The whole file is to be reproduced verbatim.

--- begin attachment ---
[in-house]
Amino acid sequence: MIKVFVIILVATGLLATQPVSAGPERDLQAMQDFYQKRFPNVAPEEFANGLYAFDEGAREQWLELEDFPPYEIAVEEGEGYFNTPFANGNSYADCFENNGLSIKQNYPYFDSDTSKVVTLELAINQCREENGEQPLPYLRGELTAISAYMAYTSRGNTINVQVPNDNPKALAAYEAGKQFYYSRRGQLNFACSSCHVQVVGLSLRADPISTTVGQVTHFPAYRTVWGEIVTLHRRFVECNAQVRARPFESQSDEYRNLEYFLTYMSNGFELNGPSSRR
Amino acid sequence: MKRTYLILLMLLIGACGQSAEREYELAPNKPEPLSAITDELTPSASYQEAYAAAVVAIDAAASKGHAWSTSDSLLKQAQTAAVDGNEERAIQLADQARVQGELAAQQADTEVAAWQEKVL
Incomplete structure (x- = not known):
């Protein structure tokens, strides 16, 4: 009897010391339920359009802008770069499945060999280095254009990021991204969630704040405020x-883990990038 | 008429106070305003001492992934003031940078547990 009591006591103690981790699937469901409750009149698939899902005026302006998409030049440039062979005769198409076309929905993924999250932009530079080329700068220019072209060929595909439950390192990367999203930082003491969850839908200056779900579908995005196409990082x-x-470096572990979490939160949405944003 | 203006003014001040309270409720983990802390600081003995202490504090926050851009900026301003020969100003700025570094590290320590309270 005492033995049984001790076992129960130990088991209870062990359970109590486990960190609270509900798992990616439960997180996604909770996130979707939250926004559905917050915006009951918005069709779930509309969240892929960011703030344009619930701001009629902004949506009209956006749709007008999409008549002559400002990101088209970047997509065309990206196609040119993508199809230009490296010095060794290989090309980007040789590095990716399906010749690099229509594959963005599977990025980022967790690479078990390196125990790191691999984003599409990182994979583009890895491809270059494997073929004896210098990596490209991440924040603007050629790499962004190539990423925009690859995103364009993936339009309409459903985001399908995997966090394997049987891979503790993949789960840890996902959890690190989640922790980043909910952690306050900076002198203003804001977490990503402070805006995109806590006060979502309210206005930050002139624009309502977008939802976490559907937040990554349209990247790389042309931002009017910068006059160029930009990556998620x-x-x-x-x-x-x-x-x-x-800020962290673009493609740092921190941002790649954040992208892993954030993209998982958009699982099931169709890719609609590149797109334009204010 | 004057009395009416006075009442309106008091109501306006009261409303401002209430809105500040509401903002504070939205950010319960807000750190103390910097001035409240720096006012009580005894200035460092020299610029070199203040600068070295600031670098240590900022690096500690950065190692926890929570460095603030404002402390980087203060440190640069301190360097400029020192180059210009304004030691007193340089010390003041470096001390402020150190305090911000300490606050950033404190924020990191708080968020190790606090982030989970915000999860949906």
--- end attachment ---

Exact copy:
[in-house]
Amino acid sequence: MIKVFVIILVATGLLATQPVSAGPERDLQAMQDFYQKRFPNVAPEEFANGLYAFDEGAREQWLELEDFPPYEIAVEEGEGYFNTPFANGNSYADCFENNGLSIKQNYPYFDSDTSKVVTLELAINQCREENGEQPLPYLRGELTAISAYMAYTSRGNTINVQVPNDNPKALAAYEAGKQFYYSRRGQLNFACSSCHVQVVGLSLRADPISTTVGQVTHFPAYRTVWGEIVTLHRRFVECNAQVRARPFESQSDEYRNLEYFLTYMSNGFELNGPSSRR
Amino acid sequence: MKRTYLILLMLLIGACGQSAEREYELAPNKPEPLSAITDELTPSASYQEAYAAAVVAIDAAASKGHAWSTSDSLLKQAQTAAVDGNEERAIQLADQARVQGELAAQQADTEVAAWQEKVL
Incomplete structure (x- = not known):
């Protein structure tokens, strides 16, 4: 009897010391339920359009802008770069499945060999280095254009990021991204969630704040405020x-883990990038 | 008429106070305003001492992934003031940078547990 009591006591103690981790699937469901409750009149698939899902005026302006998409030049440039062979005769198409076309929905993924999250932009530079080329700068220019072209060929595909439950390192990367999203930082003491969850839908200056779900579908995005196409990082x-x-470096572990979490939160949405944003 | 203006003014001040309270409720983990802390600081003995202490504090926050851009900026301003020969100003700025570094590290320590309270 005492033995049984001790076992129960130990088991209870062990359970109590486990960190609270509900798992990616439960997180996604909770996130979707939250926004559905917050915006009951918005069709779930509309969240892929960011703030344009619930701001009629902004949506009209956006749709007008999409008549002559400002990101088209970047997509065309990206196609040119993508199809230009490296010095060794290989090309980007040789590095990716399906010749690099229509594959963005599977990025980022967790690479078990390196125990790191691999984003599409990182994979583009890895491809270059494997073929004896210098990596490209991440924040603007050629790499962004190539990423925009690859995103364009993936339009309409459903985001399908995997966090394997049987891979503790993949789960840890996902959890690190989640922790980043909910952690306050900076002198203003804001977490990503402070805006995109806590006060979502309210206005930050002139624009309502977008939802976490559907937040990554349209990247790389042309931002009017910068006059160029930009990556998620x-x-x-x-x-x-x-x-x-x-800020962290673009493609740092921190941002790649954040992208892993954030993209998982958009699982099931169709890719609609590149797109334009204010 | 004057009395009416006075009442309106008091109501306006009261409303401002209430809105500040509401903002504070939205950010319960807000750190103390910097001035409240720096006012009580005894200035460092020299610029070199203040600068070295600031670098240590900022690096500690950065190692926890929570460095603030404002402390980087203060440190640069301190360097400029020192180059210009304004030691007193340089010390003041470096001390402020150190305090911000300490606050950033404190924020990191708080968020190790606090982030989970915000999860949906």